Unfortunately, I’m doing this review at the tail-end of Tampopo’s run at Cinematheque. I’ll be more on the ball in the future! But, you never know, it may pop up on Netflix, and you’ll be in for a treat if it does.
Tampopo, a self-proclaimed “Ramen Western”, had me laughing out loud and my mouth watering. The story
centres around a widowed woman who is mentored by a trucker to turn her ramen shop into the best. However, throughout the film there are tangental mini-stories that really make it stand out. Each mini-story relates to food in some way, from sexual food play to homeless people with gourmet tastes. The film’s surreal humour is ever-present, through awkward close ups and epic death scenes.
Tampopo was originally released in 1985, directed and written by Juzo Itami. Criterion Collection restored the film in 4K from the 35 mm film negative. I’m not usually a stickler for quality, but in this case it’s worth it just to see the ramen so crisply.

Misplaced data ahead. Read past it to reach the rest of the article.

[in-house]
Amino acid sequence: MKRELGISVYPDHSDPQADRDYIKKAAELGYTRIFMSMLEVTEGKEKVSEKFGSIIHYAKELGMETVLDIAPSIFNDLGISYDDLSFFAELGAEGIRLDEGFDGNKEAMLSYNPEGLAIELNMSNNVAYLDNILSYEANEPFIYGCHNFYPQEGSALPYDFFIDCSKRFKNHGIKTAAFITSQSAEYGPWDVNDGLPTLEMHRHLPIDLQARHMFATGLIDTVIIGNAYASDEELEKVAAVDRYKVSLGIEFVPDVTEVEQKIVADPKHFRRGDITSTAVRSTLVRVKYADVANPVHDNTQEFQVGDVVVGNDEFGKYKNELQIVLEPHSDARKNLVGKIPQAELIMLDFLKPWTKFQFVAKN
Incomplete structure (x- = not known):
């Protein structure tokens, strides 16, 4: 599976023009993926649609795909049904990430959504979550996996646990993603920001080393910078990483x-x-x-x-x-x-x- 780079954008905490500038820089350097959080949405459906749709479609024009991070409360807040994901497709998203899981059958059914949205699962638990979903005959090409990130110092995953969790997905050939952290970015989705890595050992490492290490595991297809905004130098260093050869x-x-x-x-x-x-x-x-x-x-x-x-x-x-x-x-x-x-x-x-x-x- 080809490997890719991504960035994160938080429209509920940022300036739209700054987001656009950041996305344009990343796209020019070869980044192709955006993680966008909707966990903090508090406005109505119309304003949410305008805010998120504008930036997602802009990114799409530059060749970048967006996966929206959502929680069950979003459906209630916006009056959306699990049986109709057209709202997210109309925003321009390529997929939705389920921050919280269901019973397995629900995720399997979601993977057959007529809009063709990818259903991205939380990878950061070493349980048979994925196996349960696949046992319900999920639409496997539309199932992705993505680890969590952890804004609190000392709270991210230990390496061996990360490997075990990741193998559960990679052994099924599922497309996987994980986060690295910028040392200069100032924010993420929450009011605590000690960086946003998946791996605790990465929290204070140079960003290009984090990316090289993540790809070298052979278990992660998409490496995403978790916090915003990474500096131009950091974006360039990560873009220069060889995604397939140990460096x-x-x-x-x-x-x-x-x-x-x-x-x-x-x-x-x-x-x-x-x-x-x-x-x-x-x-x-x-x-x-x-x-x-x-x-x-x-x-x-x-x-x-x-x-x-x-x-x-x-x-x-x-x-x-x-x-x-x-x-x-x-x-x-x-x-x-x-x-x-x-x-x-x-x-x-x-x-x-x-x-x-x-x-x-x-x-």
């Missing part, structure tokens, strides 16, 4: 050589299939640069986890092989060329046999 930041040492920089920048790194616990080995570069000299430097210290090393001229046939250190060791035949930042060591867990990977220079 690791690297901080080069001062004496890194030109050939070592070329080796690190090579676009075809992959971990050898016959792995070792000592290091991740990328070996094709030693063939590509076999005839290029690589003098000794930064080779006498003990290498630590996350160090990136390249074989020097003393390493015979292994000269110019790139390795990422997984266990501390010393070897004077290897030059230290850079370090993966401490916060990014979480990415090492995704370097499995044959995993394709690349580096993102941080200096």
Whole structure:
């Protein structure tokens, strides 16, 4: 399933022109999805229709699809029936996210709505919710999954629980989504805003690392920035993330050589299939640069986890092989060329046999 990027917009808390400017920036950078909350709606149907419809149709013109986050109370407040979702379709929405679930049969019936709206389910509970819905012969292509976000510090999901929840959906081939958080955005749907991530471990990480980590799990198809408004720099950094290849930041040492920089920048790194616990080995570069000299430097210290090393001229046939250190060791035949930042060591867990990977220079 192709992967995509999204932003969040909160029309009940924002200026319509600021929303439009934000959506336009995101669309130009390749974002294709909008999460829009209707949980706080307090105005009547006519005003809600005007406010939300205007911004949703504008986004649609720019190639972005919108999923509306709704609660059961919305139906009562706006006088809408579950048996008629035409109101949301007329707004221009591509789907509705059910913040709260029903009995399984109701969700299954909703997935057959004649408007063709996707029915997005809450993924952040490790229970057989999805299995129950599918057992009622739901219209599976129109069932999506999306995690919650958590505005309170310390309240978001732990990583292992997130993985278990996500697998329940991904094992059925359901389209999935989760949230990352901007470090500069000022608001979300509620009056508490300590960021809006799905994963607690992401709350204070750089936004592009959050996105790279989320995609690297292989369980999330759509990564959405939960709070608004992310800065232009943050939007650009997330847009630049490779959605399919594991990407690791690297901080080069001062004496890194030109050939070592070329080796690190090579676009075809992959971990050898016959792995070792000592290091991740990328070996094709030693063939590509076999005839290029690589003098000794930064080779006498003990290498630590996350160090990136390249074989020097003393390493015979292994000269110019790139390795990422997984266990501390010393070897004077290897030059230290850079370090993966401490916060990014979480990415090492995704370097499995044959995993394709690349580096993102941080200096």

Itami isn’t afraid to push the absurdity using circle transitions and instantaneous wardrobe changes. Despite these tropes, the film did not feel cheesy. Perhaps this is because the mini-stories allow for comparisons that are insightful and hilarious. For example, a person slurping a bowl of ramen looks perfectly natural, but replace that ramen with a plate of spaghetti and you have a rude and comical eater.
At a time when Japan was becoming more westernized, Tampopo solidifies ramen’s place as more than just a low-cost, fast meal.
Any foodie, japanophile, or film buff will likely love Tampopo. If you see it please be sure to let me know what you thought in the comments!
Thanks for reading! Check out the trailer below to see what I’m talking about: